Results 1 to 3 of 3

Thread: ESO’s Very Large Telescope (VLT)

  1. #1
    Join Date
    Jan 2014
    Klang, Malaysia

    ESO’s Very Large Telescope (VLT)

    ESO’s Very Large Telescope (VLT) has for the first time combined light from all four of the 8.2-metre Unit Telescopes to form what is the largest optical telescope in existence in terms of collecting area.

    One of the original design goals of ESO’s Very Large Telescope (VLT) was for its four Unit Telescopes (UTs) to work together to create a single giant telescope. With the first light of the ESPRESSO spectrograph using the four-Unit-Telescope mode of the VLT, this milestone has now been reached [1].

    After extensive preparations by the ESPRESSO consortium (led by the Astronomical Observatory of the University of Geneva, with the participation of research centres from Italy, Portugal, Spain and Switzerland) and ESO staff, ESO’s Director General Xavier Barcons initiated this historic astronomical observation with the push of a button in the control room.

    ESPRESSO instrument scientist at ESO, Gaspare Lo Curto, explains the historical significance of this event: “ESO has realised a dream that dates back to the time when the VLT was conceived in the 1980s: bringing the light from all four Unit Telescopes on Cerro Paranal together at an incoherent focus to feed a single instrument!”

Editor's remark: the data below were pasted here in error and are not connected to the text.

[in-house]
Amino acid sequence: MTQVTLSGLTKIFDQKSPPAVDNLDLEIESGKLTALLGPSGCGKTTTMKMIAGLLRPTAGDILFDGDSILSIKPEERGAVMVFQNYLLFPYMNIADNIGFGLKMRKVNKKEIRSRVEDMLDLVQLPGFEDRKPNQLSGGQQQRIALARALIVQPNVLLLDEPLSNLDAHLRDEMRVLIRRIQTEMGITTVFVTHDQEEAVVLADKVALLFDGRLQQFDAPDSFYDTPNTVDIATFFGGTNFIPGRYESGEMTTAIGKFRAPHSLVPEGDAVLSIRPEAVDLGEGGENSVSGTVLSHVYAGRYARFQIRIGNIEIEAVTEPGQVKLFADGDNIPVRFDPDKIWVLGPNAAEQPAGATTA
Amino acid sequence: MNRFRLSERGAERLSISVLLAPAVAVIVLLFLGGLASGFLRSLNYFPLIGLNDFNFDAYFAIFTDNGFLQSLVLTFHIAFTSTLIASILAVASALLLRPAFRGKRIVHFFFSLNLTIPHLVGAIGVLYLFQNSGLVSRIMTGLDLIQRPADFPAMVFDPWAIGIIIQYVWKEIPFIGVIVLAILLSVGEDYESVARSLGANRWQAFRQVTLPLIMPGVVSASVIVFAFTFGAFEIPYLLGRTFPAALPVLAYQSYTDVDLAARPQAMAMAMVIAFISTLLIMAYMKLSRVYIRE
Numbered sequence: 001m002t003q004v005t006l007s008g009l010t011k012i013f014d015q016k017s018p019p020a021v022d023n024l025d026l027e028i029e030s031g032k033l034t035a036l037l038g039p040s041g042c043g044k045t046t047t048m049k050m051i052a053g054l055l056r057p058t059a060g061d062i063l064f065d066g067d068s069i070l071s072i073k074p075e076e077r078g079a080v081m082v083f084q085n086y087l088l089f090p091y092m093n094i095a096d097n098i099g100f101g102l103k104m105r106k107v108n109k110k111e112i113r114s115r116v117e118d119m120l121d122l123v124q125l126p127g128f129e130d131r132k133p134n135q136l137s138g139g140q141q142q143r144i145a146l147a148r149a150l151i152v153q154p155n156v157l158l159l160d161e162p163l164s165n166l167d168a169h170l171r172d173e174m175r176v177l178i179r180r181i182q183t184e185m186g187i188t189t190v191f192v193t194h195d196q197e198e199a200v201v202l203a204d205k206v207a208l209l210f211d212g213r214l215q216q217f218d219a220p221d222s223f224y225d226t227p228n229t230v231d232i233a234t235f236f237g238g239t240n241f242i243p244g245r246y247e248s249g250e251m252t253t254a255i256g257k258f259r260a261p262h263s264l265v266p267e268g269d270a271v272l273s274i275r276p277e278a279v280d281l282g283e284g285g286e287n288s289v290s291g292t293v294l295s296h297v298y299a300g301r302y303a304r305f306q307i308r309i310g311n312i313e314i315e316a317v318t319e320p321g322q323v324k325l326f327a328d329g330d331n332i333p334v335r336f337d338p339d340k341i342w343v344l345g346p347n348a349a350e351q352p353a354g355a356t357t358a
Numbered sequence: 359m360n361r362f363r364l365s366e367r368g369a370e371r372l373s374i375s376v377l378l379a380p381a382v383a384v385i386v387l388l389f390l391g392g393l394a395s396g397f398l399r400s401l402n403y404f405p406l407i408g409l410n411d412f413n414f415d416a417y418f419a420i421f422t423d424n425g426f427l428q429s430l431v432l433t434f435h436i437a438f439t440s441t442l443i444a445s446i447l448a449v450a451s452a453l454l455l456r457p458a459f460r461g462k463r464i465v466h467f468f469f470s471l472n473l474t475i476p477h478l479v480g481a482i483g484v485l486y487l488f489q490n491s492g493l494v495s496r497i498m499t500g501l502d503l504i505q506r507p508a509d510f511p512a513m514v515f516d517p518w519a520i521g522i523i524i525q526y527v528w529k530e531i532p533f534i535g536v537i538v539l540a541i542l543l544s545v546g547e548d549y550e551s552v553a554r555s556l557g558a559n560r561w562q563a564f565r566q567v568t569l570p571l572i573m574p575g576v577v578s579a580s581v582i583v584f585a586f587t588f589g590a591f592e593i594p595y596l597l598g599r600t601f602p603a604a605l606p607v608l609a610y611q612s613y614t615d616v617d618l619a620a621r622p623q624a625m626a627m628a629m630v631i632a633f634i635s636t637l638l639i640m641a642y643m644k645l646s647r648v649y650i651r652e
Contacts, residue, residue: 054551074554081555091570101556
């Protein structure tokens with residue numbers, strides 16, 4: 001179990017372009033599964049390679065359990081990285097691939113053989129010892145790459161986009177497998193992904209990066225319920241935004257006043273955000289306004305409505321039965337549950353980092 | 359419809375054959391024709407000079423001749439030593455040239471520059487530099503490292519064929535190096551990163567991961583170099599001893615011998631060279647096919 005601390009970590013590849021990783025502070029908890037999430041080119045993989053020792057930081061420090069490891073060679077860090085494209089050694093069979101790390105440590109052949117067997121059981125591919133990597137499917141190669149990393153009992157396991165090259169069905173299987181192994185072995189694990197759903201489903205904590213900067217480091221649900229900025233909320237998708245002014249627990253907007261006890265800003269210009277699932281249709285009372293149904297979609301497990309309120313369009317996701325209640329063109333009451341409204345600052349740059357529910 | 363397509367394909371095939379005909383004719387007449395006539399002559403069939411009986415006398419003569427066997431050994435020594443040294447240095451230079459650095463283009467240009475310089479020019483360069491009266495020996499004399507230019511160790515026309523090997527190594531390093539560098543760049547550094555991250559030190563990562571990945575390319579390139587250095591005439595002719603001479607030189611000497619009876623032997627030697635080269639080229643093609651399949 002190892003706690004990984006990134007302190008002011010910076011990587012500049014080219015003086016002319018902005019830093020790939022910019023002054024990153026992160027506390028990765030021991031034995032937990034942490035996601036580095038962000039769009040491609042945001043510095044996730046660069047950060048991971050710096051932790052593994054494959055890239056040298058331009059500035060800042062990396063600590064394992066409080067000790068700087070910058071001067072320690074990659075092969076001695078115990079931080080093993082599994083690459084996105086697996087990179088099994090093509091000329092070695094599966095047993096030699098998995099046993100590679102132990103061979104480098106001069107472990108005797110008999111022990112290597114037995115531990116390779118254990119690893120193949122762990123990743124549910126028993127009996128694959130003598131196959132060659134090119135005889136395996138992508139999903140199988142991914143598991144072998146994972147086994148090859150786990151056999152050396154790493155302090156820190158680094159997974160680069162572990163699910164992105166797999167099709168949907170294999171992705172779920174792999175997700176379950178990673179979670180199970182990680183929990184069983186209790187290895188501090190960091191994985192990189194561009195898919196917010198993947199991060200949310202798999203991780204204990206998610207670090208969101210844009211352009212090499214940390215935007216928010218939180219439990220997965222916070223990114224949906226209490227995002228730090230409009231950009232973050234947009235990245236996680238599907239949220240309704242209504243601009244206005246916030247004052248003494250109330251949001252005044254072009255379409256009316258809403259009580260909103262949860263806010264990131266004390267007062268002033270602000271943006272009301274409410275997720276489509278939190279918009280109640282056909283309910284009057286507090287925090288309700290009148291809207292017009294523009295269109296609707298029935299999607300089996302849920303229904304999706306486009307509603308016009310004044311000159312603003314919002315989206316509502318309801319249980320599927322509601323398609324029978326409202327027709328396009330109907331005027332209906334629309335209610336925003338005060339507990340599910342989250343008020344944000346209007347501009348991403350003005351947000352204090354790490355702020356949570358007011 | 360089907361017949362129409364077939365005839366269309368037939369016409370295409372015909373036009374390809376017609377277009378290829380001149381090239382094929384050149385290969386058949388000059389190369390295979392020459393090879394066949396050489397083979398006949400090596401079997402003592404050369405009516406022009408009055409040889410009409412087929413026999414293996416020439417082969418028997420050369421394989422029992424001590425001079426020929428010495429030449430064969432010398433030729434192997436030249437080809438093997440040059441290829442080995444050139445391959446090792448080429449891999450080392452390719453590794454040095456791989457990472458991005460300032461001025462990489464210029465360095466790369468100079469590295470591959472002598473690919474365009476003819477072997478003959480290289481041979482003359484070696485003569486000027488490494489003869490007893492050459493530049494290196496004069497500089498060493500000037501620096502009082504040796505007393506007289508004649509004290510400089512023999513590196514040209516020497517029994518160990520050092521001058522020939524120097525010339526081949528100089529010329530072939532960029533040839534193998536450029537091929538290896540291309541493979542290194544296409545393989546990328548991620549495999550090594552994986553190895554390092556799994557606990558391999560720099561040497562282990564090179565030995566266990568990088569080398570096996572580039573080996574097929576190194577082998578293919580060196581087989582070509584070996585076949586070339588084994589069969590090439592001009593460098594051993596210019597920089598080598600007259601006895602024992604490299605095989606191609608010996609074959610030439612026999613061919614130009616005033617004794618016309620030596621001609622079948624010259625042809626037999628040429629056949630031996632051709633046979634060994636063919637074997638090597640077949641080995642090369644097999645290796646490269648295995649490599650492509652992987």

When all four 8.2-metre Unit Telescopes combine their light-collecting power to feed a single instrument, the VLT effectively becomes the largest optical telescope in the world in terms of collecting area.

  2. #2
    Join Date
    Jul 2004
    First guide star laser delivered for ESO's extremely large telescope

    From James Webb to the Extremely Large Telescope: The observatories coming soon that could help us finally find life beyond planet Earth

    The Giant Magellan Telescope (GMT) is a ground-based extremely large telescope under construction. It will consist of seven 8.4 m (27.6 ft) diameter primary segments, that will observe optical and near infrared (320–25000 nm) light, with the resolving power of a 24.5 m (80.4 ft) primary mirror and collecting area equivalent to a 22.0 m (72.2 ft) one, which is about 368 square meters.
    A total of seven primary mirrors are planned, but it will begin operation with four. The $1 billion project is US-led in partnership with Australia, Brazil, and South Korea, with Chile as the host country.

    The Successor to Extremely Large Telescope Technology?

  3. #3
    Join Date
    May 2004
    I still miss the Overwhelmingly Large Telescope (OWL)...

Posting Permissions

  • You may not post new threads
  • You may not post replies
  • You may not post attachments
  • You may not edit your posts